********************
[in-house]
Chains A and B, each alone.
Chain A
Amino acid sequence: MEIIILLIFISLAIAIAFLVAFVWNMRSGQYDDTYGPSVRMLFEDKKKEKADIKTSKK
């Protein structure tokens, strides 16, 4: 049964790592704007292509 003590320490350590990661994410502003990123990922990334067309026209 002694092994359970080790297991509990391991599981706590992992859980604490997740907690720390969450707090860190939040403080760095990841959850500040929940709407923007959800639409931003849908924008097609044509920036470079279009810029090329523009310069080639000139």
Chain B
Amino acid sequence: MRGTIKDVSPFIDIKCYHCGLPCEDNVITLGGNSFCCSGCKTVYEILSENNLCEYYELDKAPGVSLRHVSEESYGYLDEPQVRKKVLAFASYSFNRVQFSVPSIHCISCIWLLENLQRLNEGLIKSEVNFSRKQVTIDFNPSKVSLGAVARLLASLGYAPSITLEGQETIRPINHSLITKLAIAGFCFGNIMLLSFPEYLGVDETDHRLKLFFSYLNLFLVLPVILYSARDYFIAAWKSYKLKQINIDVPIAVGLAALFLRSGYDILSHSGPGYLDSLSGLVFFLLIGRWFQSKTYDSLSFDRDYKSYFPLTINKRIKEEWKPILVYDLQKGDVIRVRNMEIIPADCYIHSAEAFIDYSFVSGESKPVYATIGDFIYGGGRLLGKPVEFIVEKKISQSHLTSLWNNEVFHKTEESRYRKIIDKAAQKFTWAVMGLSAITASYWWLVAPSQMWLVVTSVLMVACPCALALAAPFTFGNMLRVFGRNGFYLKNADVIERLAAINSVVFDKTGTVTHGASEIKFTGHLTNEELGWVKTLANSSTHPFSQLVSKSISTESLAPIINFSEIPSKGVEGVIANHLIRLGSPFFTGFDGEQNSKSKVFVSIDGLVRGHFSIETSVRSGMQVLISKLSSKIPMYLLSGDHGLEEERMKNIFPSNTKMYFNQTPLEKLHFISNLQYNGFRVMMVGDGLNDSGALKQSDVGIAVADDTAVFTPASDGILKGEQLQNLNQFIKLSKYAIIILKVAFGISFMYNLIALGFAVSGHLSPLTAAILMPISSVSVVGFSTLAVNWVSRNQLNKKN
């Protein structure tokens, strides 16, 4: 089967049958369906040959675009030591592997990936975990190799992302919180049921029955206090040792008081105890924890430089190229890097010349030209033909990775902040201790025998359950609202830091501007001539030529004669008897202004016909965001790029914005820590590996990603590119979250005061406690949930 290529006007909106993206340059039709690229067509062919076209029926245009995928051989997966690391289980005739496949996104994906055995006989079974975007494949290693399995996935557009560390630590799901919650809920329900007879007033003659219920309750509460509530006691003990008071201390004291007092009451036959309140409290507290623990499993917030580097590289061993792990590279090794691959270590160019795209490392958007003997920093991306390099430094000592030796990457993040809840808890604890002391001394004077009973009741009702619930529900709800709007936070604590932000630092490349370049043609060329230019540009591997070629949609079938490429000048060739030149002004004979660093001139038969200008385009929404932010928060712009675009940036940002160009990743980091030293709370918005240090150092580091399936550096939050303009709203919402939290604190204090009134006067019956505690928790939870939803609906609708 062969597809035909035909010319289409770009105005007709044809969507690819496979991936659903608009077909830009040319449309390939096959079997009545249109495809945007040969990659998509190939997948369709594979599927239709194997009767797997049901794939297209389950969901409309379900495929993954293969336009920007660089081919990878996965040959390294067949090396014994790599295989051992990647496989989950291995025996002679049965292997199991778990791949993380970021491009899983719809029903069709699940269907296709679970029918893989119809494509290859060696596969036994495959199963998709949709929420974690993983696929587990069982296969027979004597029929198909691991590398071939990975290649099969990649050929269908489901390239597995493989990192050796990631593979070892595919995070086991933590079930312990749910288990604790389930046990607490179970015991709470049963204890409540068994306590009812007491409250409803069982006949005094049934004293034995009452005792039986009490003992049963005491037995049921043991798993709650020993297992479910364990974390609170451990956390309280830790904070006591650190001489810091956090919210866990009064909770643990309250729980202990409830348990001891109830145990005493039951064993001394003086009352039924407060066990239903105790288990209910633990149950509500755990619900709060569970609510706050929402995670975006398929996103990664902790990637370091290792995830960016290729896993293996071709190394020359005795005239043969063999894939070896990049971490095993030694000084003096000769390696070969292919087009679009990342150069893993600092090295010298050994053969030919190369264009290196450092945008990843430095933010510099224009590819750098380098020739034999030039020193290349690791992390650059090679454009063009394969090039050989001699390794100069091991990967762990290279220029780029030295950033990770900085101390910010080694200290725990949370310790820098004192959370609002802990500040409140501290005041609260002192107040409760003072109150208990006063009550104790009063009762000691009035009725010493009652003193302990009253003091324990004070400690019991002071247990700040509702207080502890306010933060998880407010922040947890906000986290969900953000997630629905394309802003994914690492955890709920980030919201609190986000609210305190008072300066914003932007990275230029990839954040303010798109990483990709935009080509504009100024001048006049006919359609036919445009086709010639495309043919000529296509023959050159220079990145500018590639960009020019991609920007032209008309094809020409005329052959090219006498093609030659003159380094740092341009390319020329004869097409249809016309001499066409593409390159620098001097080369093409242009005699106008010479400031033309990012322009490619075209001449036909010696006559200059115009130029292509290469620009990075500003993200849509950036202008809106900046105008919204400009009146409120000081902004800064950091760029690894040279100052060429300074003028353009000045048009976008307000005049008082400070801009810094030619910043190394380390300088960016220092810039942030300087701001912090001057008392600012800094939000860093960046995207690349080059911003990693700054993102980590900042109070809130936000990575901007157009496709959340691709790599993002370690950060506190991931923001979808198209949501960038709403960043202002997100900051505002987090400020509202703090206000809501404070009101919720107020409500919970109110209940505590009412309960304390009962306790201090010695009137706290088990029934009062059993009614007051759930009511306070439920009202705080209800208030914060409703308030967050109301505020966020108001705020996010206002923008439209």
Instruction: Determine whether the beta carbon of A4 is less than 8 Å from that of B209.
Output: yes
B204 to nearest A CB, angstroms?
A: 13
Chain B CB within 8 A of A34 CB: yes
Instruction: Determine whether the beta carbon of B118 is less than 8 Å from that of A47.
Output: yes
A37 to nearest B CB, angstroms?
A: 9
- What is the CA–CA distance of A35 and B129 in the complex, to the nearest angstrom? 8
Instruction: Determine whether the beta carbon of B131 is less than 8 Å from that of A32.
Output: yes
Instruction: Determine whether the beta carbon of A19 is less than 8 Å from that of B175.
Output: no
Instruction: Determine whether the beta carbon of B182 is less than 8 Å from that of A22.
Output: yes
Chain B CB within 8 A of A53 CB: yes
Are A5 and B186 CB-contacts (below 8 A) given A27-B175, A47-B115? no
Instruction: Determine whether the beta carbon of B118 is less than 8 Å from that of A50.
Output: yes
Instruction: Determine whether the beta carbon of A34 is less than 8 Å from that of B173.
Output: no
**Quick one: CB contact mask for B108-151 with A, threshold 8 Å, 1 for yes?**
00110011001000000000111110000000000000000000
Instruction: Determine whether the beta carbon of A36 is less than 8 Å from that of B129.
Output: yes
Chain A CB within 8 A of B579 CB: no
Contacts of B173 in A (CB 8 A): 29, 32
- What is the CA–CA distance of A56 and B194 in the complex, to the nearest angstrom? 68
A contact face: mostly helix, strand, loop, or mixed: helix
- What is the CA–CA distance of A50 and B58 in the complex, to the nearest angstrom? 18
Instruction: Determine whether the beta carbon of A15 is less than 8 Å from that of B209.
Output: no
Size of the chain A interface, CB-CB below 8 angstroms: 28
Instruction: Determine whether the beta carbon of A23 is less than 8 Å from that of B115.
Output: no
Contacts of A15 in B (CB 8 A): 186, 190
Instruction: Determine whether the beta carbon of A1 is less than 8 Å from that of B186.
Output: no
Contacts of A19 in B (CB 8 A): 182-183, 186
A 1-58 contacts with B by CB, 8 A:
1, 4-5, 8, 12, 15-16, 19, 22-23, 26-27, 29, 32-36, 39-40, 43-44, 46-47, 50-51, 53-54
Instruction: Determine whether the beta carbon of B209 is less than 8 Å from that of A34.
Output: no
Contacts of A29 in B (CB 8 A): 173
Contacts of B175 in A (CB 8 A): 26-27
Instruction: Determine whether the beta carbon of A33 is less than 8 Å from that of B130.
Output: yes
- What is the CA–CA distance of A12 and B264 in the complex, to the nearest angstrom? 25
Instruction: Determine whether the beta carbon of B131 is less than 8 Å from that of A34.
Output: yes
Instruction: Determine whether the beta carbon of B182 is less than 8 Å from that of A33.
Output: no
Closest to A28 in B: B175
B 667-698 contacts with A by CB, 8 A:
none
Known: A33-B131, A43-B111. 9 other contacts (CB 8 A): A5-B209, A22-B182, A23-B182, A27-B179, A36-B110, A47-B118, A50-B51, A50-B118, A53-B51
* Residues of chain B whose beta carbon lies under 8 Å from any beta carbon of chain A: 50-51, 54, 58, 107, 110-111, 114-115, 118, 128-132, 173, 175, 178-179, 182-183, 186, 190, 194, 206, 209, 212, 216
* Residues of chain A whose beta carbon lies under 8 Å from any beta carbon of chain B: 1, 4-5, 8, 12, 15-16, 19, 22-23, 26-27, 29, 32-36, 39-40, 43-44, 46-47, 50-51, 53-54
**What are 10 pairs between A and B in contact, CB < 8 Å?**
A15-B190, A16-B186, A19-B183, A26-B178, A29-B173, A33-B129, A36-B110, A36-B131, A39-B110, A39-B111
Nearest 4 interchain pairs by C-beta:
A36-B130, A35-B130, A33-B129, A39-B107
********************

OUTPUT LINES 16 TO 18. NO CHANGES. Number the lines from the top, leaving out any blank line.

A37 to nearest B CB, angstroms?
A: 9
- What is the CA–CA distance of A35 and B129 in the complex, to the nearest angstrom? 8